Electrostatic Forces. Atoms: protons (p+) bound in nucleus electrons (e-) freer to move about e- and p+ have equal amounts but opposite charge When objects rub together, electrons may be exchanged Objects that have more e- than p+ are negative
Example Problem: A penny has a charge of -1.00 x 10 -15 C. How many
More electrons than protons does it have?
Answer: #e- = q x e-/q
-1.00 x 10-15 C x 6.24 x 1018 e-/C = 6.24 x 10 3 excess e-
Conductors and insulators
Charging Objects: Friction
Charging Objects: Conduction
Charging Objects: Induction
Remember the general form for Gravitational force?
G = 6.67 x 10-11 Nm2/kg2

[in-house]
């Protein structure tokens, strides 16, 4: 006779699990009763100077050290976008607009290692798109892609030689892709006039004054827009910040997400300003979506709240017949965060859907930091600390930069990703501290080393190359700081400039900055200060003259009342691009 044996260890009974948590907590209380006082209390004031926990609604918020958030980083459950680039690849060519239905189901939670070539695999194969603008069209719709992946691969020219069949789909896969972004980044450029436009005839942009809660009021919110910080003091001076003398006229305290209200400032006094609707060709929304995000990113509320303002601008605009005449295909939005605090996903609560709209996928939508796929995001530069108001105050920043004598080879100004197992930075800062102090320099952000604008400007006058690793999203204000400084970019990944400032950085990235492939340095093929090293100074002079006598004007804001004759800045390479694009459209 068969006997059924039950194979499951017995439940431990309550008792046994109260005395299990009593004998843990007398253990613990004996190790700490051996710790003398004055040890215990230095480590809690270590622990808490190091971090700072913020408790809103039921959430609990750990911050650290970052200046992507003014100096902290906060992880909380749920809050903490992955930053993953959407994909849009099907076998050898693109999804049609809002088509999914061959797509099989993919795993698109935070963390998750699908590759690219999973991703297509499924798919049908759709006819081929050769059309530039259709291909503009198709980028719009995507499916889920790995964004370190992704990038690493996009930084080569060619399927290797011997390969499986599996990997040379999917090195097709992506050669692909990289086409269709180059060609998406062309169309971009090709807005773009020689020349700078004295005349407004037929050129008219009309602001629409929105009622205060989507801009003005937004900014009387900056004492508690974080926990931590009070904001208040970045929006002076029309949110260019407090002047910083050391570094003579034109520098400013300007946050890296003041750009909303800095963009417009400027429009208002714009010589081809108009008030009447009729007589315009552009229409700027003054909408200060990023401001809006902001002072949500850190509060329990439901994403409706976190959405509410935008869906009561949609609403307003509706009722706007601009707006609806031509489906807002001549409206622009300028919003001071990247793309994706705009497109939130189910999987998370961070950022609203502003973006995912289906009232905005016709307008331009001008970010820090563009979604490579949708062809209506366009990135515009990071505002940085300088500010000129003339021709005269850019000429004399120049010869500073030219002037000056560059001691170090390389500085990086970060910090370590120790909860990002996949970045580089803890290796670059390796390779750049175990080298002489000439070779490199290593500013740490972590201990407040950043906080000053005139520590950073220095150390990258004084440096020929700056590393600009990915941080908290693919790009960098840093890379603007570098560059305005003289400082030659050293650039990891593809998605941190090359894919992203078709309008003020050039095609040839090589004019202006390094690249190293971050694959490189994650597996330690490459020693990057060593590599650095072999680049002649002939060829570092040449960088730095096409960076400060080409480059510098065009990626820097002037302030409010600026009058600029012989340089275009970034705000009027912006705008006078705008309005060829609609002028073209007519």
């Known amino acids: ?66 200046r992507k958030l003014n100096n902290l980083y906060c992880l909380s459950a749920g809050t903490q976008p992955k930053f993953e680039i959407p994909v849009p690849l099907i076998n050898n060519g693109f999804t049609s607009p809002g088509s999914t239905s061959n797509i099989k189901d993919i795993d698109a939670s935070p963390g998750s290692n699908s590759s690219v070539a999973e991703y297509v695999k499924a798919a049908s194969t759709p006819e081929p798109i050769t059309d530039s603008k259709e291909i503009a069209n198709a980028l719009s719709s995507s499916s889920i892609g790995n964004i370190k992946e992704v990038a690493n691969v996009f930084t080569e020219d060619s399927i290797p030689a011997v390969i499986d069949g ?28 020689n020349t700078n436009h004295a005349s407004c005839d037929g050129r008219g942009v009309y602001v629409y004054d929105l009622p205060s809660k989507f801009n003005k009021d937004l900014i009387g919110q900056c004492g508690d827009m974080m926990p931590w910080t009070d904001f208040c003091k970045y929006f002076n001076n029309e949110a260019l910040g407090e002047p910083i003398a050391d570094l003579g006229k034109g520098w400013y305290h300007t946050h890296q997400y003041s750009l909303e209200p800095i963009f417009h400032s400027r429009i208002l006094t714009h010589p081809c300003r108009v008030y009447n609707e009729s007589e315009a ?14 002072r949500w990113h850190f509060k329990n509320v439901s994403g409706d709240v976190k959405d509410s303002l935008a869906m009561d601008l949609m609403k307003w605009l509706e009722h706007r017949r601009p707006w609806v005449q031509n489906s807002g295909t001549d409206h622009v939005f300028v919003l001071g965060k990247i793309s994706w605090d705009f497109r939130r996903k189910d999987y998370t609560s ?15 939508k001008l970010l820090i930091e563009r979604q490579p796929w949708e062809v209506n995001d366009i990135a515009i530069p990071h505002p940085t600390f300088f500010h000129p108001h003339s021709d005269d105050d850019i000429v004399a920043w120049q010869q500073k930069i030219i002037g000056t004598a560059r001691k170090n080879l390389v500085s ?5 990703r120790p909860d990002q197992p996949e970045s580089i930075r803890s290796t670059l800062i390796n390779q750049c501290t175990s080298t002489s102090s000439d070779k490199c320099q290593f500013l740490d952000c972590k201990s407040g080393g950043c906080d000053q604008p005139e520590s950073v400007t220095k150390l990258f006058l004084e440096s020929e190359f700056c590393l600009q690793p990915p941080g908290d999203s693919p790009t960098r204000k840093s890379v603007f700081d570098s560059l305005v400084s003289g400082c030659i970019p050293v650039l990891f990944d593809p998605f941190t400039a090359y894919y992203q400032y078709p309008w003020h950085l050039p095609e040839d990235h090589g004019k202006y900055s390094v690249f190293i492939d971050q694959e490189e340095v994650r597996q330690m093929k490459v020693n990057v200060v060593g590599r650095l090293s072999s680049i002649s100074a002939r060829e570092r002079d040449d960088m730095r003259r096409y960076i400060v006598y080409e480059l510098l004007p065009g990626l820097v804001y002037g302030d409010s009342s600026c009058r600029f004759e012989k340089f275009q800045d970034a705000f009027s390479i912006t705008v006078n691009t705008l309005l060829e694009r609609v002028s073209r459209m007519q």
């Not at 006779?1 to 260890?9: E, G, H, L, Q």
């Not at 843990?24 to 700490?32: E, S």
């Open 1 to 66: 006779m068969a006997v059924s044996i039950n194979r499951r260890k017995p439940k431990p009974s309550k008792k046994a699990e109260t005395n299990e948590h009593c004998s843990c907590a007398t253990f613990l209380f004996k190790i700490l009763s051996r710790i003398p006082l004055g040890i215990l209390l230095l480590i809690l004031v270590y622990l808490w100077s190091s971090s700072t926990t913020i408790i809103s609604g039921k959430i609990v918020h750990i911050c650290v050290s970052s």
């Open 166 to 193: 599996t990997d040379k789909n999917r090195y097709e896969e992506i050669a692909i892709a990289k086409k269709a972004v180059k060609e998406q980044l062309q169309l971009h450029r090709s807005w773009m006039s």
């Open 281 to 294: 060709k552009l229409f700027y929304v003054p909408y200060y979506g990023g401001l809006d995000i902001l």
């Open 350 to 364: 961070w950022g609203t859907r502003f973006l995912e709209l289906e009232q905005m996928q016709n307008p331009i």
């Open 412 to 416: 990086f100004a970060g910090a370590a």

Well electrostatic force is another “force-at-a-distance”, and
Has a very similar form….
k = 8.99 x 109
k = 8.99 x 109 Nm2/C2
Use this equation to find the magnitude of the mutual force on any two point charges. Don’t bother plugging in the signs of the charges.
If the point charges have opposite signs, the force is attraction. If they have the same sign the force is repulsion.
Each object experiences the same amount of force, even if one has more charge or mass – remember Newton’s third law!
Lets compare the gravitational and electrostatic forces on a proton
and electron located 1.0 m apart….
me- = 9.11 x 10-31 kg qe- = -1.60 x 10-19 C
mp+ = 1.67 x 10-27 kg qp+ = +1.60 x 10-19 C
G = 6.67 x 10-11 Nm2/kg2 k = 8.99 x 109 Nm2/C2
Fg = 1.01 x 10-67 N
Fe = -2.30 x 10-28 N
Given q1, q2, and q3 and the distances between them, find the net force on q1 due to the other two